Organic foods registered sales growth of 6.4% in in the United States in 2017, which was down from 9% in 2016 but still above the 1.1% total food sales growth in 2017, according to the Organic Trade Association’s 2018 Organic Industry Survey released May 18.
“The organic food market will see a steadier pace of growth as it matures, but it will continue to surpass the growth rate of the broader food market," said Laura Batcha, chief executive officer and executive director of the Washington-based association. “Demand for organic is flourishing as consumers seek out nutritious and clean food that is good for their health and for the environment. That demand is driving innovation, and there are now so many organic options that we can all eat organic for breakfast, lunch, dinner, snacks and everything in between.”
The organic food market in the United States hit $45.2 billion in sales in 2017, a record. Organic food in 2017 accounted for 5.5% of the food sold in retail channels in the United States. Total organic sales in 2017 were $49.4 billion, also up 6.4%, as sales of organic non-food products rose 7.4% to $4.2 billion.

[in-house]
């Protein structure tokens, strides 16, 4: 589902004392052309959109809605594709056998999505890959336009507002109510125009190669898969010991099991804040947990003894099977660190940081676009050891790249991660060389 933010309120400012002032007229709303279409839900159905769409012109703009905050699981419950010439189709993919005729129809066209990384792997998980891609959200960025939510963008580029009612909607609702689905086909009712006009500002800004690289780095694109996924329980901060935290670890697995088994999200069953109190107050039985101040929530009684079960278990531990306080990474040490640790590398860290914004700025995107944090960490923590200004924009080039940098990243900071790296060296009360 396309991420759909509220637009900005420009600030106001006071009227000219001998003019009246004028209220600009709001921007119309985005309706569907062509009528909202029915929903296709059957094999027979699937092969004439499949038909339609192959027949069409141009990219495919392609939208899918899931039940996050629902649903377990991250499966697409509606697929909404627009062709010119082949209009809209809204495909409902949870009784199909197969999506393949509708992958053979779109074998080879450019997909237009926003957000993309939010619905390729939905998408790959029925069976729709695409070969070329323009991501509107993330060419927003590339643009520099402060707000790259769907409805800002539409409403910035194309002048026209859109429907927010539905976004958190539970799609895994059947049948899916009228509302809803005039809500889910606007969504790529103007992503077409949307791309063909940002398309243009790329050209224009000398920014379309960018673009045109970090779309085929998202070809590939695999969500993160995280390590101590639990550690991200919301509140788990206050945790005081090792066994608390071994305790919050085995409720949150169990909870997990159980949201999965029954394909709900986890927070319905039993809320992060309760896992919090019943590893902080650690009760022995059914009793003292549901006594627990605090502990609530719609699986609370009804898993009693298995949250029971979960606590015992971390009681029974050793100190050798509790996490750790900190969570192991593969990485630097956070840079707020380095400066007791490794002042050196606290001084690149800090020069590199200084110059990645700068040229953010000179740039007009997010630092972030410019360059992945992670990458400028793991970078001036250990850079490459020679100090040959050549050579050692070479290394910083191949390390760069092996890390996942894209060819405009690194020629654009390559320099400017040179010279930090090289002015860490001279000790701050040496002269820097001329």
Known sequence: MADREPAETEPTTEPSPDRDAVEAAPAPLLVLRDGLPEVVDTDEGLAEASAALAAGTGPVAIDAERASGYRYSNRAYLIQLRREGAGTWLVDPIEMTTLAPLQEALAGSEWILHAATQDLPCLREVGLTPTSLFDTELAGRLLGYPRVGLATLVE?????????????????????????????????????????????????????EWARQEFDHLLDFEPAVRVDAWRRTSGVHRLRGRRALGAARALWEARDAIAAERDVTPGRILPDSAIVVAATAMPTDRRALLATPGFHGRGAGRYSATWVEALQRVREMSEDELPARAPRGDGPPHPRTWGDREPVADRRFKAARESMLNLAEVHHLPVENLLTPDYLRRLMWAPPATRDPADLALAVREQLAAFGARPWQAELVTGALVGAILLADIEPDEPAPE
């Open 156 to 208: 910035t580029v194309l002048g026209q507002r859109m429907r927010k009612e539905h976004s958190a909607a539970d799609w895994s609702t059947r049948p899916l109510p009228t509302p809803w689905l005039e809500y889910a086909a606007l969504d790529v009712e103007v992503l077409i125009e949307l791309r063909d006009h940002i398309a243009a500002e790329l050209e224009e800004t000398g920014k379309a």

Sales growth in the organic dairy and egg category slowed to 0.9% in reaching $6.5 billion. Many producers have entered the U.S. organic dairy market in recent years, but the new wave of supply hit the market as demand for organic dairy began to shift to more plant-based offerings, according to the O.T.A. While there was an oversupply of organic milk, organic ice cream sales were up more than 9% and organic cheese sales rose by almost 8% in 2017.
Pasture-raised eggs presented competition to organic eggs in 2017, and another headwind came from the U.S. Department of Agriculture withdrawing an Organic Livestock and Poultry Practices rule that could have clarified federal organic standards, according to the O.T.A.
Fruit and vegetables continue to be the largest organic food category. Sales in the category grew 5.3% in 2017 to reach $16.5 billion. Organic beverage sales rose more than 10% to $5.9 billion. Within organic beverages, sales of organic fresh juice soared nearly 25% to $1.2 billion. Non-dairy organic beverage alternatives in the forms of almond, soy, coconut, rice and other blends also gained in popularity in 2017.
This year’s survey was conducted from Jan. 25 to April 22 with 250 companies taking part. Nutrition Business Journal produces the survey on behalf of the O.T.A., which has conducted the survey since 1997 when organic food sales were $3.4 billion.